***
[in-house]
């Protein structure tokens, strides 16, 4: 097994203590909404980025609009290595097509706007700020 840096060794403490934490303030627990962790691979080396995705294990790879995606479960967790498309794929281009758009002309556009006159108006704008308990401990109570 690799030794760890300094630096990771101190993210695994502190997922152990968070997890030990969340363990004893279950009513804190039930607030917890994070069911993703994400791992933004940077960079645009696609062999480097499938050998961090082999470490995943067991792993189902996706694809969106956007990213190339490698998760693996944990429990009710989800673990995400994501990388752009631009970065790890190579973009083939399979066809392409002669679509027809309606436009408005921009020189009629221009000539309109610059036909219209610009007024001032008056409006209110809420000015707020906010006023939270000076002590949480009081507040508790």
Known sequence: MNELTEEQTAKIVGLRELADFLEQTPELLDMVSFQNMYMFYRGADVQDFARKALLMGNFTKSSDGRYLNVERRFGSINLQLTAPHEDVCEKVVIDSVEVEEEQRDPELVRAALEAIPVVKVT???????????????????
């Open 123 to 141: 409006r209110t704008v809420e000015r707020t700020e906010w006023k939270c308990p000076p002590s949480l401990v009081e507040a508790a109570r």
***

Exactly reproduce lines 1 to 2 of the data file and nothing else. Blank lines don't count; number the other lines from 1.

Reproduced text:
[in-house]
């Protein structure tokens, strides 16, 4: 097994203590909404980025609009290595097509706007700020 840096060794403490934490303030627990962790691979080396995705294990790879995606479960967790498309794929281009758009002309556009006159108006704008308990401990109570 690799030794760890300094630096990771101190993210695994502190997922152990968070997890030990969340363990004893279950009513804190039930607030917890994070069911993703994400791992933004940077960079645009696609062999480097499938050998961090082999470490995943067991792993189902996706694809969106956007990213190339490698998760693996944990429990009710989800673990995400994501990388752009631009970065790890190579973009083939399979066809392409002669679509027809309606436009408005921009020189009629221009000539309109610059036909219209610009007024001032008056409006209110809420000015707020906010006023939270000076002590949480009081507040508790």